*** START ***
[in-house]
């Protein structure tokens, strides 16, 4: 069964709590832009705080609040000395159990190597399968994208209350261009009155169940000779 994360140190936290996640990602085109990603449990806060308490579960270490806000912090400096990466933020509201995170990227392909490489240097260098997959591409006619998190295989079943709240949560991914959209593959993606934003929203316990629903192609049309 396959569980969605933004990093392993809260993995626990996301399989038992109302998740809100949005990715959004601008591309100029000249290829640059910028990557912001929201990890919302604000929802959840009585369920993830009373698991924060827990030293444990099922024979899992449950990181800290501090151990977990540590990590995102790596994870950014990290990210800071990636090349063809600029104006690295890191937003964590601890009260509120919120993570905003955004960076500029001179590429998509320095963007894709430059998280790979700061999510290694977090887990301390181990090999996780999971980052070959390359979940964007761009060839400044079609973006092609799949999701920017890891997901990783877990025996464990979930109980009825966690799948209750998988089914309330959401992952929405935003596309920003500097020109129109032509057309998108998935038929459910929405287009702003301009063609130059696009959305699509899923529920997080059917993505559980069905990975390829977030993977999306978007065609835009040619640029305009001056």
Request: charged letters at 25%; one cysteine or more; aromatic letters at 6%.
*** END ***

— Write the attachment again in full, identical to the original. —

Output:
[in-house]
């Protein structure tokens, strides 16, 4: 069964709590832009705080609040000395159990190597399968994208209350261009009155169940000779 994360140190936290996640990602085109990603449990806060308490579960270490806000912090400096990466933020509201995170990227392909490489240097260098997959591409006619998190295989079943709240949560991914959209593959993606934003929203316990629903192609049309 396959569980969605933004990093392993809260993995626990996301399989038992109302998740809100949005990715959004601008591309100029000249290829640059910028990557912001929201990890919302604000929802959840009585369920993830009373698991924060827990030293444990099922024979899992449950990181800290501090151990977990540590990590995102790596994870950014990290990210800071990636090349063809600029104006690295890191937003964590601890009260509120919120993570905003955004960076500029001179590429998509320095963007894709430059998280790979700061999510290694977090887990301390181990090999996780999971980052070959390359979940964007761009060839400044079609973006092609799949999701920017890891997901990783877990025996464990979930109980009825966690799948209750998988089914309330959401992952929405935003596309920003500097020109129109032509057309998108998935038929459910929405287009702003301009063609130059696009959305699509899923529920997080059917993505559980069905990975390829977030993977999306978007065609835009040619640029305009001056």
Request: charged letters at 25%; one cysteine or more; aromatic letters at 6%.